Theresa May and Nick Clegg at war over 'snooper's charter'
Home Secretary stands firm as critics line up to denounce snooping powers for police and MI5
HOME Secretary Theresa May is in open conflict this morning with her cabinet colleague Nick Clegg and facing a humiliating retreat over her Communications Data bill which would allow the police and MI5 to use "dangerous" new powers to snoop on ordinary citizens.
The deputy prime minister called for her to "go back to the drawing board" and produce a new bill after a cross-party pre-legislative committee reported that the current bill is far too powerful. It would allow the police and the security services - and possibly also local councils – to discover who we have been phoning and sending emails to, and what websites we have been looking at.
Julian Huppert, a Lib Dem member of the joint committee, said: "We have heard discussion it might be used for speeding offences, fly tipping offences, for anything in the economic interests of the UK. That is a very dangerous power. That is why we have said it cannot go ahead as it is."
May hit back in The Sun (which takes the view that she's only trying to crack down on "paedos and terrorists") by accusing critics - she means Nick Clegg - of putting "politics before peoples' lives".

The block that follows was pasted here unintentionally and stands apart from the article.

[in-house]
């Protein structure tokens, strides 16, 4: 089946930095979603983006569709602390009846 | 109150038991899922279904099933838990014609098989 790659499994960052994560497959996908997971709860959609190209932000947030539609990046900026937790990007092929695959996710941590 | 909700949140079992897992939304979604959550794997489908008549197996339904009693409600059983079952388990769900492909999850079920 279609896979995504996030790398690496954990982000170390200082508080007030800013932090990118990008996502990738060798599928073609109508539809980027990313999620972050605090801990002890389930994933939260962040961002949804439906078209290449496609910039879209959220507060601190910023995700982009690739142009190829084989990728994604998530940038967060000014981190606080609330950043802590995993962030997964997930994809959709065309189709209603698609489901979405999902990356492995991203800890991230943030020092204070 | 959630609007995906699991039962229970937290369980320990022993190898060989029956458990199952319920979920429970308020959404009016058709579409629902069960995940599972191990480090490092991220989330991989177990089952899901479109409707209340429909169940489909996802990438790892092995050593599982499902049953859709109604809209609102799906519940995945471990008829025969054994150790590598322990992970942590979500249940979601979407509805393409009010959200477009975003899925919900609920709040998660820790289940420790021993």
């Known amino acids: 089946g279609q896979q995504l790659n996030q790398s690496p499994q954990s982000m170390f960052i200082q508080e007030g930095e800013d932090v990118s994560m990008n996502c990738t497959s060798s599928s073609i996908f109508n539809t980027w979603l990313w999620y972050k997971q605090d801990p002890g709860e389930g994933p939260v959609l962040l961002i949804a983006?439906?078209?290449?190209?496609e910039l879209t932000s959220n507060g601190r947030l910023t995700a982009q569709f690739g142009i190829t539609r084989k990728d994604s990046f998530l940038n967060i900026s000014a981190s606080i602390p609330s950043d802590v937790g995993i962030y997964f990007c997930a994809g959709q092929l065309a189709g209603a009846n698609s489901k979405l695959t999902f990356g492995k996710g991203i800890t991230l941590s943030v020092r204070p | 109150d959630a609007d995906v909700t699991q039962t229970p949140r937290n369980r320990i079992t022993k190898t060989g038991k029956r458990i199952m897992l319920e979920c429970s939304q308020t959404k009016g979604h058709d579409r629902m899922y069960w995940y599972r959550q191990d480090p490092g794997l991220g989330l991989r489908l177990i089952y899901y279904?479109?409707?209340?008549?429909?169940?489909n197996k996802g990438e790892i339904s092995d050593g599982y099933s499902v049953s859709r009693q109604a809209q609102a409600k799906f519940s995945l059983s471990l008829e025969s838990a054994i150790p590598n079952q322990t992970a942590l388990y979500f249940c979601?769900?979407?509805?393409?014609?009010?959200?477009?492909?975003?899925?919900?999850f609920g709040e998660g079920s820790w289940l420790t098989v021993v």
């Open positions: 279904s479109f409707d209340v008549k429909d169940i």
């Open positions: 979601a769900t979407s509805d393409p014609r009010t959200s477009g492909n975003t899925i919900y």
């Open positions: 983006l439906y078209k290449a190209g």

But Clegg isn't the only one opposed to the bill. David Davis, the former Shadow Home Secretary, will throw his weight behind the deputy PM when he appears at a press conference this morning for Big Brother Watch, a campaign mounted against the legislation.
Davis will be joined by other prominent speakers, including Jimmy Wales, co-founder of Wikipedia, Lord MacDonald, former Director of Public Prosecutions, and Sir Chris Fox, former president of the Association of Chief Police Officers.
Yet May still wants to press ahead with the bill on the basis that she'll offer concessions before it is introduced in Parliament. "The people who say they are against the bill need to look at victims of serious crime, terrorism and child sex offences in the eye and tell them why they're not prepared to give the police the powers they need to protect the public," she said. "Anybody who is against this bill is putting politics before people's lives."
She sent her security minister, James Brokenshire, in to bat for her on the Today programme this morning. He denied the bill would give powers in the first instance to local authorities, saying it could only do so after further changes approved by Parliament.
Brokenshire added: "We accept the substance of the joint committee's criticism. We have already started work on making changes." He also insisted it would not break the back of the coalition.
However, BBC deputy political editor James Landale said May was being "optimistic" in hoping she could press ahead with the legislation in the spring after a bit of tinkering. Shadow home secretary Yvette Cooper has also come down against the legislation this morning, making it far more difficult for May to secure cross-party backing without ditching it and starting again.